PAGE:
Thursday 26 April 2018

Transplant surgeon's offer to train his replacement turned down by the HSE

Answers vague about new programme

Dr Hickey blames the bureaucracy of the public service for his decision to retire from the post, which remains vacant
Dr Hickey blames the bureaucracy of the public service for his decision to retire from the post, which remains vacant
CRITICAL: Dr David Hickey’s offer to stay on was refused
Donal Lynch

Donal Lynch

The transplant surgeon who set up Ireland's pancreas transplant service which has come to halt since his retirement believes the life-saving programme could have been kept going.

No operations have gone ahead in 2015 following Dr David Hickey's decision to step down from his post Beaumont Hospital in December 2014. It emerged this week that the HSE has so far been unable to recruit a replacement surgeon, despite their best efforts .

Dr Hickey told the Sunday Independent this week that he offered to stay on at a locum rate, far below his previous salary, but this was rejected.

He also offered to train in a successor, but said this offer was also rejected.

The surgeon blames the bureaucracy of the public service for his decision to retire from the post, which remains vacant.

"The early retirement is a perverse incentive within the health system to get rid of people who are older," he told the Sunday Independent.

"You're penalised for staying on. They want to get rid of guys in their 60s because they cost more and they cause more trouble.

"I was being dragged to meetings of no importance, where the only thing that was ever decided was the date of the next meeting, and it all became more prevalent as management took over the health service."

The truth of the matter was that he didn't want to retire in the first place, he explained.

The Dublin football legend - and current selector for the senior panel - still felt passionate about his work as a surgeon and would have happily remained on at Beaumont Hospital in Dublin.

The situation has given rise to serious concerns for the welfare of patients.

"You hesitate to spell out the dangers because you really don't want to frighten patients but the mortality for a type 1 diabetic on dialysis is that 20pc of them die within five years," said Dr Hickey.

He added that in the absence of effective lobbying by patient advocacy groups, the patients themselves have now taken over.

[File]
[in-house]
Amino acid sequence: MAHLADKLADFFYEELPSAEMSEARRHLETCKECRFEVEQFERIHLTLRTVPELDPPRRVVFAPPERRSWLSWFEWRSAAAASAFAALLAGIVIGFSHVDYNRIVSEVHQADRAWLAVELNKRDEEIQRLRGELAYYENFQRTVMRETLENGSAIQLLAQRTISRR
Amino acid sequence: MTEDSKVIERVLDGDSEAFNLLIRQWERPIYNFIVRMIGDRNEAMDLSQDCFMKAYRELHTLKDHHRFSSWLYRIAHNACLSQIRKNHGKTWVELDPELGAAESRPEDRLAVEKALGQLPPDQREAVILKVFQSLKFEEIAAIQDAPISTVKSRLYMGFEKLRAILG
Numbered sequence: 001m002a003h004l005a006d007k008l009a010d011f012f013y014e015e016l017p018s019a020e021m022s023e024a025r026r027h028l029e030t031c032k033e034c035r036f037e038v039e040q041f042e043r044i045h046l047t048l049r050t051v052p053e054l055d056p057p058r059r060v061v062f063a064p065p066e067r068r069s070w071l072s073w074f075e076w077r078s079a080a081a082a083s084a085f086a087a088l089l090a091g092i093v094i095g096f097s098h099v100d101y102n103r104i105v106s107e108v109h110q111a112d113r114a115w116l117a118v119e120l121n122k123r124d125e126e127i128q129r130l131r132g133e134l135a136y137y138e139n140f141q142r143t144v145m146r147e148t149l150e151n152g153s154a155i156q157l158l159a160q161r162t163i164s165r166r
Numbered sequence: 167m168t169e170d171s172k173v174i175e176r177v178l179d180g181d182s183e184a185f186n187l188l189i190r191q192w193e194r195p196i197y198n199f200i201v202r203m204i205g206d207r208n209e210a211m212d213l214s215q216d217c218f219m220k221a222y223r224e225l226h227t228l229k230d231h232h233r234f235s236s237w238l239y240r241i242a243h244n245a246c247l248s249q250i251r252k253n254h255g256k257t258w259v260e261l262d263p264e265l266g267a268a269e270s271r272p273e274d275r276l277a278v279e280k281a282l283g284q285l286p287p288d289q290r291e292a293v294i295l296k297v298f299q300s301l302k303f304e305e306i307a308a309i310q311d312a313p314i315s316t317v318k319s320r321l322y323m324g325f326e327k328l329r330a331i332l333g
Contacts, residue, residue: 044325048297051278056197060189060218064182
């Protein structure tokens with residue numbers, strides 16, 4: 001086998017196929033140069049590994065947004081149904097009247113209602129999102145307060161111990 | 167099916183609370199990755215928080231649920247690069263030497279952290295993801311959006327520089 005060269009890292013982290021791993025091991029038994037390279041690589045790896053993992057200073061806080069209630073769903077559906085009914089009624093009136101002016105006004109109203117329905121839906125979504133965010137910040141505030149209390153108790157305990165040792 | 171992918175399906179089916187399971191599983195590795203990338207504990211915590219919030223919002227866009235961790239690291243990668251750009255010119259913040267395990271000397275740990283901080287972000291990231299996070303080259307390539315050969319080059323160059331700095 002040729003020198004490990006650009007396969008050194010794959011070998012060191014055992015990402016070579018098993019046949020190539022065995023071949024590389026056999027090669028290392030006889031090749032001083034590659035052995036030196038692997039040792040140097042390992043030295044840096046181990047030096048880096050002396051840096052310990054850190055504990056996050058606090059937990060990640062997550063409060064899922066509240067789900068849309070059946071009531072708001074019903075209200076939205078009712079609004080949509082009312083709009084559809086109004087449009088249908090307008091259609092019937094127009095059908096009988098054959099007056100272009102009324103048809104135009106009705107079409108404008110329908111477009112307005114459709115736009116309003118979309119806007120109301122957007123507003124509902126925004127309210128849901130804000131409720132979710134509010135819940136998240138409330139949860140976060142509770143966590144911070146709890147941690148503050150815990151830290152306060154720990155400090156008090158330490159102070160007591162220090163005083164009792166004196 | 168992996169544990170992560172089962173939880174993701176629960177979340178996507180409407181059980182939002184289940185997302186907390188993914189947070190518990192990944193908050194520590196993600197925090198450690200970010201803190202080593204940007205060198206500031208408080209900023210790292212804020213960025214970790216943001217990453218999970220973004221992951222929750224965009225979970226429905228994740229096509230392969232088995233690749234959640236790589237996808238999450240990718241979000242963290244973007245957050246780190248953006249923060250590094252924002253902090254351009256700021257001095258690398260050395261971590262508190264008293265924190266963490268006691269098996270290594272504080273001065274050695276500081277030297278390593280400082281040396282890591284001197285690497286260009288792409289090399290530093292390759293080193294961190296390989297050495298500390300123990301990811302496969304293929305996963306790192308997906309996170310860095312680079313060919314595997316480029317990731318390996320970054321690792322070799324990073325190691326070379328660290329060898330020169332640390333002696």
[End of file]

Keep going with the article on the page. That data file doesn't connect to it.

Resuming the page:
A petition with 15,000 signatures was handed into Beaumont this week. One woman awaiting a transplant, Ciara Kelly, said she is getting weaker "day by day".

A spokesman for Minister for Health Leo Varadkar said in a statement yesterday: "A very constructive meeting was held in the Department of Health with the HSE and Department officials, and representatives from St Vincent's and Beaumont. The pancreas transplant programme will recommence in St Vincent's in September subject to a suitable donor recipient match being available."

Speaking to Morning Ireland, another patient, Rachel O'Hora, expressed scepticism that the service could be resumed quickly.

"I don't see how, in such a short space of time, they would resume," she said, noting that the doctor would need to be trained up.

According to the HSE, the pancreas transplant service will indeed resume in September at St Vincent's in Dublin, but there is little detail on how this will happen.

Ann McLoone, a spokeswoman for the HSE, told the Sunday Independent that the operations will recommence in September and that the new programme will run on a "combination of current expertise and expertise that they have recruited to the programme", but she could give no details on new hires or how the programme will be structured.

"It made sense to collaborate between Vincent's and Beaumont so that you would have a sustainable service. They have a full complement of specialist staff from September," she said.

When asked about Dr Hickey's offer to say on at a locum rate, she said: "I can't comment, but hypothetically even, you can't take on a locum like that unless they're available 365 days a year, 24/7, to do transplants."

David Hickey remains sceptical about the how effective the new programme could be. "You don't want to predict disaster for people trying to do their best.

But it takes a lot longer than one month to recruit someone who can do this job. There is currently nobody in Ireland other than myself and Antonio Zimmerman who have performed pancreas transplants in the last 20 years," he said.

"If they are to do this in September, someone should have gone in June to a centre in the States to see how it's done. The whole process of actually getting someone suitable in place would take over a year. And, to be honest, it would be made even more difficult by the fact that nobody wants to work for the HSE," he added.

Dr Hickey set up the pancreas transplant programme as a pilot scheme at Beaumont in 1992, building it up into one of the most reputable programmes in the world and performing operations on 2.8 people per million, the fourth-highest rate in Europe and the sixth-highest in the world.

The unit hosted the World Congress of Pancreas and Islet Transplantation in 2005. Dr Hickey has also supervised operations carried out by Dr Antonio Zimmerman, who has performed eight of the last 11 pancreas transplants in Ireland.

Sunday Independent

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